No relapses please –
Dec, 25, 2020 – “Patients who were previously well-established in addiction treatment, for example, their clinics may have closed due to COVID, and they’re not able to be seen in person anymore,” she said. “A lot have transitioned to telemedicine, but some have not. And that was a big disruption for a lot of patients who were formerly doing quite well in treatment.”
That shift also took a toll on Wood. When her clinic abruptly switched to telemedicine as COVID-19 cases ballooned, Wood had to become better acquainted with delivering care over digital platforms like Zoom. She also needed to ensure patients had reliable access to devices, like smartphones and computers, to continue their treatment.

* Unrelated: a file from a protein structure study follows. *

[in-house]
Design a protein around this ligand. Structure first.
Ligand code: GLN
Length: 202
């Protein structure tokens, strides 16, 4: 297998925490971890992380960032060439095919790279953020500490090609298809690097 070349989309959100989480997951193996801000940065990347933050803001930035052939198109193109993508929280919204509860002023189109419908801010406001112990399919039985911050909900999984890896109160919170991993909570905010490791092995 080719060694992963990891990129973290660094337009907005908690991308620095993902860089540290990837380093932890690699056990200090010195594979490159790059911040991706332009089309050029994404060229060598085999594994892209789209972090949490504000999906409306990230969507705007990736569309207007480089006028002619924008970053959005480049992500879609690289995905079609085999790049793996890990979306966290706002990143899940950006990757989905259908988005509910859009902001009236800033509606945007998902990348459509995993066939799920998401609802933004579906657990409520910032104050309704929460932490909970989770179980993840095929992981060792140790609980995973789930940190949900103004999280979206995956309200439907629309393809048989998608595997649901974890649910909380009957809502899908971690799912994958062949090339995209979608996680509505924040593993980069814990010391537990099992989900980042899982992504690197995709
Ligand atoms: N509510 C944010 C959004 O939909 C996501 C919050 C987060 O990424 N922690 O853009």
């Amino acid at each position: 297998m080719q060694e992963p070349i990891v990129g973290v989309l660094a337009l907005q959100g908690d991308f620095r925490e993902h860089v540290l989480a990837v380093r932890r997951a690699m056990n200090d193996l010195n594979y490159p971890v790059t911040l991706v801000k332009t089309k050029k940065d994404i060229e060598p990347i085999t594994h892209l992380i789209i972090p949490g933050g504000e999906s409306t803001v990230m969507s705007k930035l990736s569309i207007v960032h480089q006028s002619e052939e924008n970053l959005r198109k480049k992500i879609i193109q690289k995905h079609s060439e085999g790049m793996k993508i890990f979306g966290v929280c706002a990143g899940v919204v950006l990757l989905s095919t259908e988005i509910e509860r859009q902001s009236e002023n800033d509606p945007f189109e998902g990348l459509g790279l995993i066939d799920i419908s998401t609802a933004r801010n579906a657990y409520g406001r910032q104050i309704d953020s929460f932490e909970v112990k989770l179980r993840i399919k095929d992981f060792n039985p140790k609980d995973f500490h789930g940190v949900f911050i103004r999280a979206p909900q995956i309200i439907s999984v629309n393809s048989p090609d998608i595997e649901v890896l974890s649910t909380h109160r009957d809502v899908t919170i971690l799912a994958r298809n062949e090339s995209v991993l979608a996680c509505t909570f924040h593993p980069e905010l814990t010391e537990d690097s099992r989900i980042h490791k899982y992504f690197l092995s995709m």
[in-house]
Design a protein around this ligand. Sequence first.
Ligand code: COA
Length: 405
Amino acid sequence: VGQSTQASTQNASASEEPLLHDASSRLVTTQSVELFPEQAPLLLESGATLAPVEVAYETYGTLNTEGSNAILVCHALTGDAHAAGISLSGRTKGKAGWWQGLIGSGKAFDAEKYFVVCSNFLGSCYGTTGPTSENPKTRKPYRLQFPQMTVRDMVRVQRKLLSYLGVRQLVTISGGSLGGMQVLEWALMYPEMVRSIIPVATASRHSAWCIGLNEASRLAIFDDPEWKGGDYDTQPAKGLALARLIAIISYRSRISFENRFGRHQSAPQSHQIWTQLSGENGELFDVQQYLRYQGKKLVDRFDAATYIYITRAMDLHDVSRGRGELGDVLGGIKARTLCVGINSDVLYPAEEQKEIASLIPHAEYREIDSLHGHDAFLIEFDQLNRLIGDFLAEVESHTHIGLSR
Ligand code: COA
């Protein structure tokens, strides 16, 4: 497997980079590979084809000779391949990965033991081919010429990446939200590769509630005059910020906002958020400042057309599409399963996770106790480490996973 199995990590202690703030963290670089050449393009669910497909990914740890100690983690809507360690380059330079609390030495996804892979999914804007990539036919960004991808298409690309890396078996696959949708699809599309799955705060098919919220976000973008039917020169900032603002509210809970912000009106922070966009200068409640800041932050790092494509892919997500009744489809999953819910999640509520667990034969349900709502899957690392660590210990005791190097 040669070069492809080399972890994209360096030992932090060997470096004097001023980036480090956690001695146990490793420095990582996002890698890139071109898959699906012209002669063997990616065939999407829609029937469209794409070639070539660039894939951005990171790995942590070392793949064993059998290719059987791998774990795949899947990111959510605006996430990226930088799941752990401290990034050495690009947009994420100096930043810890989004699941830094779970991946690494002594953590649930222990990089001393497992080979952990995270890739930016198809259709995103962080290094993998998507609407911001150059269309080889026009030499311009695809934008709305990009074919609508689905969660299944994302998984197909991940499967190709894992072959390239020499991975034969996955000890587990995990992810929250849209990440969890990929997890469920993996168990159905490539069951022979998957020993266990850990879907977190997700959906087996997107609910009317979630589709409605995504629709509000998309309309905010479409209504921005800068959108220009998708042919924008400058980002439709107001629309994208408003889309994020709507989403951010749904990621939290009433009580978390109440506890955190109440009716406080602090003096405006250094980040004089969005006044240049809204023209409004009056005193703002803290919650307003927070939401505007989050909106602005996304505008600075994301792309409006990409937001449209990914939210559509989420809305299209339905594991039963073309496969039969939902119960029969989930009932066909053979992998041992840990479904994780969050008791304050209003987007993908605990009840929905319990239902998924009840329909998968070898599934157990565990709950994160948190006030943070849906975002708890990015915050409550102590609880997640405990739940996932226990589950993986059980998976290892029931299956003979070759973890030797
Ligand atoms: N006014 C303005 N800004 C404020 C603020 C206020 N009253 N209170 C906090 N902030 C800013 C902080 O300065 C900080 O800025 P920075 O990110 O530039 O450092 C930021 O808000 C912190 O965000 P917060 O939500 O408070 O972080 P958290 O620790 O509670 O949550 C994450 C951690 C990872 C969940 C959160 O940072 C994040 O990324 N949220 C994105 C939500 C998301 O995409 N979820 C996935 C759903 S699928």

Telemedicine sessions can require more mental effort from Wood to connect with her patients the same way she would face-to-face in her office. She said spending multiple hours a day delivering care through a screen has led to “virtual fatigue.” Finding ways to overcome that is just one of the challenges she and other providers have faced as coronavirus reshapes health care.